In: Jahrbuch für Historische Kommunismusforschung 2014. Berlin: Metropol Verlag, pp. 107–123.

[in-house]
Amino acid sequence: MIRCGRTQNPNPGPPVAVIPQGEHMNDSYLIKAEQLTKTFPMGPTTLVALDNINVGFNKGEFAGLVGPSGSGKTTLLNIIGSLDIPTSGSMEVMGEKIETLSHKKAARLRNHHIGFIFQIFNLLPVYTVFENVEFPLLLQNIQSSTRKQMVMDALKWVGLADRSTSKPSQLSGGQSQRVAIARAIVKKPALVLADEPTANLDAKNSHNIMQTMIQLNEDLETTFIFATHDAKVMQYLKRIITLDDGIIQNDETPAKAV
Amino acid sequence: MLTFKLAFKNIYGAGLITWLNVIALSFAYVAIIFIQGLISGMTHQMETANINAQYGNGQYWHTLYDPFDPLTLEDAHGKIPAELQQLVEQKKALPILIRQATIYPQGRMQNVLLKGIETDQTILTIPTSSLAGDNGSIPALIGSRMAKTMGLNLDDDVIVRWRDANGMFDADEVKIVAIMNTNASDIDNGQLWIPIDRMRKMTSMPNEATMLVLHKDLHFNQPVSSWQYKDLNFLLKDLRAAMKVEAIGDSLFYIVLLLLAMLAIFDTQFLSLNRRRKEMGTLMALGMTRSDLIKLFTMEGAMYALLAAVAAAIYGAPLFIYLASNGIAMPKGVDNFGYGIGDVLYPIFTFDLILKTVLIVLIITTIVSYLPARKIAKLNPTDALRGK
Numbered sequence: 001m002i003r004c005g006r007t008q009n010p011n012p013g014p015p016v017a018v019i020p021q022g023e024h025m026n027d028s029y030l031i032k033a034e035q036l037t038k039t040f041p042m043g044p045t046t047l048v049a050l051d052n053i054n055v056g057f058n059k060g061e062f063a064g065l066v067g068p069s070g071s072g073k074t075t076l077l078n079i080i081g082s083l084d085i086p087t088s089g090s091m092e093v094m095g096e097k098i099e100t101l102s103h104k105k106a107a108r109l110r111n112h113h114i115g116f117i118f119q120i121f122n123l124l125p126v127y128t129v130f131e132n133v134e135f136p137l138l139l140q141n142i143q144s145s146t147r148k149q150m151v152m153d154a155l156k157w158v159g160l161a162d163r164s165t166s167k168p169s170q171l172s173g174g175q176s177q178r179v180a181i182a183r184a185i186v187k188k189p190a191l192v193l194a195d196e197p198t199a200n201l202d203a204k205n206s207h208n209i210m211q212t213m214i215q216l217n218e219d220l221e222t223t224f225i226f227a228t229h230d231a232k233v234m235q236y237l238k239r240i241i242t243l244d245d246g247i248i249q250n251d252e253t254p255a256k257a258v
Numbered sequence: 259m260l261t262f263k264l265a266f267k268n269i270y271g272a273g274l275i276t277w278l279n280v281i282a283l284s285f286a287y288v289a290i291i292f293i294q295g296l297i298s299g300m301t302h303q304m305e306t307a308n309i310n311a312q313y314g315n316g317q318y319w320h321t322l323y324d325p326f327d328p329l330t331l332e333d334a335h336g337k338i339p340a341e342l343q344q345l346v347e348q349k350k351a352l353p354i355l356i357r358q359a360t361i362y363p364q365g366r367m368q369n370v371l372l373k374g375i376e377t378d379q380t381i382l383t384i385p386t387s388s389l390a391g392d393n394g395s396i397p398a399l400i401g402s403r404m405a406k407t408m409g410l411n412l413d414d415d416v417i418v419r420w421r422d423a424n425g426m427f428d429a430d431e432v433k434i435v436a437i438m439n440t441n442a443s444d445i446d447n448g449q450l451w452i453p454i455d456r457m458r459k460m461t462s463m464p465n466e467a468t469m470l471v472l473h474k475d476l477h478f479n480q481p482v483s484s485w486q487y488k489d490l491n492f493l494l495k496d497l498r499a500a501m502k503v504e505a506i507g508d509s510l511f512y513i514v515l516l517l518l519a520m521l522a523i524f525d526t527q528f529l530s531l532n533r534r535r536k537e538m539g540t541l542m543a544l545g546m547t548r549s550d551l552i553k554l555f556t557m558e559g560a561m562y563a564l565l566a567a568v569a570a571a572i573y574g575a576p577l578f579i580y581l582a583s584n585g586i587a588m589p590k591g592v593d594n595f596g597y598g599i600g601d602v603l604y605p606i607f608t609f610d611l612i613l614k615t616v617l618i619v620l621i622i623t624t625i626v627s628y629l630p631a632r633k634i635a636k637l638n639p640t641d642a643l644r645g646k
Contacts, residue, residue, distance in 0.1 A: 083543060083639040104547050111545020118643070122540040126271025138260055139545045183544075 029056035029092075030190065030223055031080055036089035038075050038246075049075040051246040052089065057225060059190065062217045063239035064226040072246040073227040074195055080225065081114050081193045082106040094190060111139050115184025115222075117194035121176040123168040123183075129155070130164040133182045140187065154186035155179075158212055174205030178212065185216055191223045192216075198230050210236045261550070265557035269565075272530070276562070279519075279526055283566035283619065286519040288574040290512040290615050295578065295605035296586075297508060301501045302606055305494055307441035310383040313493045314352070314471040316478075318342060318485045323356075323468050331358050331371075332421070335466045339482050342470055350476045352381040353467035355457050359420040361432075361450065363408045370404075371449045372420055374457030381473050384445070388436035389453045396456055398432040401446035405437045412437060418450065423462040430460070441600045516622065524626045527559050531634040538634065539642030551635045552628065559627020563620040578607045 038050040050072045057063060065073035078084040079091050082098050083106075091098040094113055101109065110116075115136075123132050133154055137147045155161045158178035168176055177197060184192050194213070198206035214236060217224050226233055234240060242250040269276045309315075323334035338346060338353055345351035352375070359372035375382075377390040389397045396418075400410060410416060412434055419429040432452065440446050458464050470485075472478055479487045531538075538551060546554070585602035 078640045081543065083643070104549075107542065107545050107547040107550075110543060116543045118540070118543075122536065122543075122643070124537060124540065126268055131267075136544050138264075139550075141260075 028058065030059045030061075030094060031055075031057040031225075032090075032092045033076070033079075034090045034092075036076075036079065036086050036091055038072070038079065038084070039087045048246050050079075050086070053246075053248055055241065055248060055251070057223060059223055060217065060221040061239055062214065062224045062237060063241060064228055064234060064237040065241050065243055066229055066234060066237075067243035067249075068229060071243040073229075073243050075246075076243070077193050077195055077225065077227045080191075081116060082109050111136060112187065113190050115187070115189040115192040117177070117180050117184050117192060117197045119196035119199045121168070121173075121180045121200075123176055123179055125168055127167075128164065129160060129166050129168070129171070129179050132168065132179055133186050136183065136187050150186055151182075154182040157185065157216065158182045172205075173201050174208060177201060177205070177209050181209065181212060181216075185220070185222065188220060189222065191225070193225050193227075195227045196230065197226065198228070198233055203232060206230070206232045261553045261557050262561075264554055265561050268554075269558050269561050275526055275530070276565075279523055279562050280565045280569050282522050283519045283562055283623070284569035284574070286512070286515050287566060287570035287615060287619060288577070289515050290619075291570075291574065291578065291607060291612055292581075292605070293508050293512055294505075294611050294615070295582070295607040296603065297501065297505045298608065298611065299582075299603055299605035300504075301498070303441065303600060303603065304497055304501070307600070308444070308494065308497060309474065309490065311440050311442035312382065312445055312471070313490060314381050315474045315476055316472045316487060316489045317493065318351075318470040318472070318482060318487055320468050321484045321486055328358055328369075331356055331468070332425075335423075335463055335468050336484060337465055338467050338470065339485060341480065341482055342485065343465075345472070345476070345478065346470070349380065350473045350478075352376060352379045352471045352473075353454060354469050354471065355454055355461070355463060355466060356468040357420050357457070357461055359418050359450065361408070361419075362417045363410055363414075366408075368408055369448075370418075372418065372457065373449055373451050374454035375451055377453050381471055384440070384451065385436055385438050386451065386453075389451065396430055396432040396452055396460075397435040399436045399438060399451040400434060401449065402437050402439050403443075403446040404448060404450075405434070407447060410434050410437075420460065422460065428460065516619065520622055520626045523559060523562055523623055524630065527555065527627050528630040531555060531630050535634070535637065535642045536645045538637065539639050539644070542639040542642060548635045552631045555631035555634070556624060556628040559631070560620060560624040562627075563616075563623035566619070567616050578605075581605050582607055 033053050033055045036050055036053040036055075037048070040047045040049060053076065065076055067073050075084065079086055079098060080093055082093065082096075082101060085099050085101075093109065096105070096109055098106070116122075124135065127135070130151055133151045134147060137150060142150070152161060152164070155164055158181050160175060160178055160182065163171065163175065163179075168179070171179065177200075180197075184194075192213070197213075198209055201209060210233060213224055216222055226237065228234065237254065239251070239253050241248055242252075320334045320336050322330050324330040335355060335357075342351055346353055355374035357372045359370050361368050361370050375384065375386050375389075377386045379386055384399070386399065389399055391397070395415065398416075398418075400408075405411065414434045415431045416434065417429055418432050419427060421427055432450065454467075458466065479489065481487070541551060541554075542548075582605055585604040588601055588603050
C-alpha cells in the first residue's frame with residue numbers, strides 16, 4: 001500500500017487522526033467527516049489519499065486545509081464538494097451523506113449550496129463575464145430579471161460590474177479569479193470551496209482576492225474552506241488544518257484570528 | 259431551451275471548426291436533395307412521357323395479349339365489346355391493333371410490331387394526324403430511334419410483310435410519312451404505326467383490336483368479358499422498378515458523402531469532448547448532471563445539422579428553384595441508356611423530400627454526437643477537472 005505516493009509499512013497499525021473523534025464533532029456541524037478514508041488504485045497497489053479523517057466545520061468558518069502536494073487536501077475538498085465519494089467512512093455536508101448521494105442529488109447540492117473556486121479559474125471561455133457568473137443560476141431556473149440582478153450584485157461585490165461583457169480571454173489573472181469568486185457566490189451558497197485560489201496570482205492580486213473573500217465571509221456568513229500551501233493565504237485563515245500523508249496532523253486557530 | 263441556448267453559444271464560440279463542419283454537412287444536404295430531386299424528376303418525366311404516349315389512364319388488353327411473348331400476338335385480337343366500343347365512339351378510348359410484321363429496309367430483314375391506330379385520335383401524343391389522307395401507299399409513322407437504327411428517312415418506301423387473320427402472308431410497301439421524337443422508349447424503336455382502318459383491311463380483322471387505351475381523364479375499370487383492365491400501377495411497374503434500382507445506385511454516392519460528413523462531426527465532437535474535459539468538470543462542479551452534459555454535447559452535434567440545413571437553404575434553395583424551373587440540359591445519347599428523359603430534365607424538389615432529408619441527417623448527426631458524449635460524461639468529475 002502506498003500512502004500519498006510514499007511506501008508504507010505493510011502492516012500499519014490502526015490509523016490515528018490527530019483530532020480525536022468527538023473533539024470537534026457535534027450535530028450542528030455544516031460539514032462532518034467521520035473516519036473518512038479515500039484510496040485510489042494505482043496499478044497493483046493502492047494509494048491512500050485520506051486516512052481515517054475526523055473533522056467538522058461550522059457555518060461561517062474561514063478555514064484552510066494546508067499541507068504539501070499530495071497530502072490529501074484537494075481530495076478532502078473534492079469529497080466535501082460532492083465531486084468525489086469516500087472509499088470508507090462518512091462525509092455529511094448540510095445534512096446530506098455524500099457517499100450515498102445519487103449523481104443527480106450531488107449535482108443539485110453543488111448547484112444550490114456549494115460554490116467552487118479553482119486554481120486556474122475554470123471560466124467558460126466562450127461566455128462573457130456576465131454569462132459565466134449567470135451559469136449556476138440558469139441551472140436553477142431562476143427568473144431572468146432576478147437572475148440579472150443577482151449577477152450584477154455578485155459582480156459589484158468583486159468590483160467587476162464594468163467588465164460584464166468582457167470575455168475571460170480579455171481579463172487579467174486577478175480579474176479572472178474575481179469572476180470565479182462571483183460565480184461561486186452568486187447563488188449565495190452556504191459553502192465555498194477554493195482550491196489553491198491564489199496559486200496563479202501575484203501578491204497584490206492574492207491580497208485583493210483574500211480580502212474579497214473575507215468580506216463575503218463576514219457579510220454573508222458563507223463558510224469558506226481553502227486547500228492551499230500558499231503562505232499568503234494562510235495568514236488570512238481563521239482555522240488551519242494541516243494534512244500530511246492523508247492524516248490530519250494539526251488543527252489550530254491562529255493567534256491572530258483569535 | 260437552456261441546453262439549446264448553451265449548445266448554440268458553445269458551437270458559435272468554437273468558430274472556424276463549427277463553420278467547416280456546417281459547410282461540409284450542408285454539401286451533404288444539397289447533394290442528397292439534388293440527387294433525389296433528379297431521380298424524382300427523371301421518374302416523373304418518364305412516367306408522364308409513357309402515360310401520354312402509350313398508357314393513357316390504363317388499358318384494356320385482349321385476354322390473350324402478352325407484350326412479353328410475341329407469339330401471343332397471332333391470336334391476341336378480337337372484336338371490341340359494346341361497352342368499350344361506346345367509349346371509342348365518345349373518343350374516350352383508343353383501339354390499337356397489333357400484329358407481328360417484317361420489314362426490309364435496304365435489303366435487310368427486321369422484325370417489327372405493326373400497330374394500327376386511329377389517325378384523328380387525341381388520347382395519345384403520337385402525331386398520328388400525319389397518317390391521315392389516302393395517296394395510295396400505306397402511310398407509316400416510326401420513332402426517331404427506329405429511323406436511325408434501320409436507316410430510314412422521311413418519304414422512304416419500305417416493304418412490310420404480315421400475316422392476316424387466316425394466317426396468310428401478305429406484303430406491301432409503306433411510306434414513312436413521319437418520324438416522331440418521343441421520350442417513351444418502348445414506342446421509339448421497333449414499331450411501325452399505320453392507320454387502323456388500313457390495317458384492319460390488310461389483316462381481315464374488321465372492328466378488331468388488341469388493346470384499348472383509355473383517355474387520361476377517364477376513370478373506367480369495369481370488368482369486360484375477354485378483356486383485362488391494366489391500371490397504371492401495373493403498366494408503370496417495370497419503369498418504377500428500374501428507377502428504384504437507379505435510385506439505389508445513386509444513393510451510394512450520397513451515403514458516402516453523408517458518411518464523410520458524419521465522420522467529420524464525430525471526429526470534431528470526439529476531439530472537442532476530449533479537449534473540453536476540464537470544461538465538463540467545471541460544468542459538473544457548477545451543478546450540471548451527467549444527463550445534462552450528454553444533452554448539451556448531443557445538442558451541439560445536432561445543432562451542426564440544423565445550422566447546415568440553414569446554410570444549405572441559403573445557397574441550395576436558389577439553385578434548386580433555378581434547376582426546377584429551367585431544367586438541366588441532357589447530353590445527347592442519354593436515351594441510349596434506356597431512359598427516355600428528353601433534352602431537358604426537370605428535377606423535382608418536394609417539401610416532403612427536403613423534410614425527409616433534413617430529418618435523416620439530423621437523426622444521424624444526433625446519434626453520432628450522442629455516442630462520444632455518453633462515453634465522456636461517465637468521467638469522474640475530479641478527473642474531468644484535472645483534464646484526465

In the late 1990s Romania joined Germany, Hungary and Poland in the group of European countries that decided to charge an independent institution at the national level with administering the files of the former communist state security services. The National Council for the Study of Securitate Archives (Consiliul National pentru Studierea Arhivelor Securitǎii, CNSAS), founded in 1999, was therefore part of a Central and Eastern European trend of coming to terms with the past. Despite this European element, the focus of the newly created institute first and foremost had to be Romania’s national history between 1945 and 1989. This essay illustrates that the use and instrumentalisation of the “national” and “European” had an undeniable significance during and after the debate on founding the CNSAS. Especially the criterion “national security” was successfully applied to block the work of the Council over years. By putting the history of the CNSAS in context with comparable European institutions, the article stresses how this phenomenon could gain special relevance in Romania because of the long-term absence of political will within the political elites to come to terms with the past. Today CNSAS is able to fulfil its legal duties, but still stands at the beginning of shaping the collective Romanian memory.